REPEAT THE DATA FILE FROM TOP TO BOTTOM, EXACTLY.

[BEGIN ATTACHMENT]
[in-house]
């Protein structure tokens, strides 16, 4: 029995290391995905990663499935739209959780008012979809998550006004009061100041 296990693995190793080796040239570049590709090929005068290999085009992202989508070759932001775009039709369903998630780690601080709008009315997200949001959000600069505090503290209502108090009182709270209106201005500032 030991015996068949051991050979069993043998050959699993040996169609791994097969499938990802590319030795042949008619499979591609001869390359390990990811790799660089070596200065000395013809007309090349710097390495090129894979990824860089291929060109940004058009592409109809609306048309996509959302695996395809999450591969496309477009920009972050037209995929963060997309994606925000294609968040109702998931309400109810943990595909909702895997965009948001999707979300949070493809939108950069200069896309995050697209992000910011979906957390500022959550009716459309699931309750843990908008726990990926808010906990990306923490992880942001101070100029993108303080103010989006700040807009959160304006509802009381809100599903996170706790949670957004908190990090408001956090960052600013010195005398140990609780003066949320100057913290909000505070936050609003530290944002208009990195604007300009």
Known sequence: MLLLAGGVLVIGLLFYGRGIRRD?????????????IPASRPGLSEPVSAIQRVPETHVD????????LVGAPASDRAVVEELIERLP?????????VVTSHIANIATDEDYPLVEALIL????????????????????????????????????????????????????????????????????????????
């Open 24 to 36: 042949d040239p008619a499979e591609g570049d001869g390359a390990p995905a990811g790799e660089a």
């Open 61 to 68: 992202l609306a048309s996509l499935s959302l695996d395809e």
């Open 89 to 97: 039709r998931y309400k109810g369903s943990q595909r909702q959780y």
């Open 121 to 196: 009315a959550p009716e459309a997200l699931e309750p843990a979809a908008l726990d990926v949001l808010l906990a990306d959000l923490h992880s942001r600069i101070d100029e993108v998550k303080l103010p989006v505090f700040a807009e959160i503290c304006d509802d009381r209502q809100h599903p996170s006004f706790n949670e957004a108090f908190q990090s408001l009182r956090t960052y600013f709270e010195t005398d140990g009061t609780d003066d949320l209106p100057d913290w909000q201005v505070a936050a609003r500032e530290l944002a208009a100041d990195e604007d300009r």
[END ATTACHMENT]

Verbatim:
[in-house]
């Protein structure tokens, strides 16, 4: 029995290391995905990663499935739209959780008012979809998550006004009061100041 296990693995190793080796040239570049590709090929005068290999085009992202989508070759932001775009039709369903998630780690601080709008009315997200949001959000600069505090503290209502108090009182709270209106201005500032 030991015996068949051991050979069993043998050959699993040996169609791994097969499938990802590319030795042949008619499979591609001869390359390990990811790799660089070596200065000395013809007309090349710097390495090129894979990824860089291929060109940004058009592409109809609306048309996509959302695996395809999450591969496309477009920009972050037209995929963060997309994606925000294609968040109702998931309400109810943990595909909702895997965009948001999707979300949070493809939108950069200069896309995050697209992000910011979906957390500022959550009716459309699931309750843990908008726990990926808010906990990306923490992880942001101070100029993108303080103010989006700040807009959160304006509802009381809100599903996170706790949670957004908190990090408001956090960052600013010195005398140990609780003066949320100057913290909000505070936050609003530290944002208009990195604007300009």
Known sequence: MLLLAGGVLVIGLLFYGRGIRRD?????????????IPASRPGLSEPVSAIQRVPETHVD????????LVGAPASDRAVVEELIERLP?????????VVTSHIANIATDEDYPLVEALIL????????????????????????????????????????????????????????????????????????????
């Open 24 to 36: 042949d040239p008619a499979e591609g570049d001869g390359a390990p995905a990811g790799e660089a």
């Open 61 to 68: 992202l609306a048309s996509l499935s959302l695996d395809e």
């Open 89 to 97: 039709r998931y309400k109810g369903s943990q595909r909702q959780y």
């Open 121 to 196: 009315a959550p009716e459309a997200l699931e309750p843990a979809a908008l726990d990926v949001l808010l906990a990306d959000l923490h992880s942001r600069i101070d100029e993108v998550k303080l103010p989006v505090f700040a807009e959160i503290c304006d509802d009381r209502q809100h599903p996170s006004f706790n949670e957004a108090f908190q990090s408001l009182r956090t960052y600013f709270e010195t005398d140990g009061t609780d003066d949320l209106p100057d913290w909000q201005v505070a936050a609003r500032e530290l944002a208009a100041d990195e604007d300009r």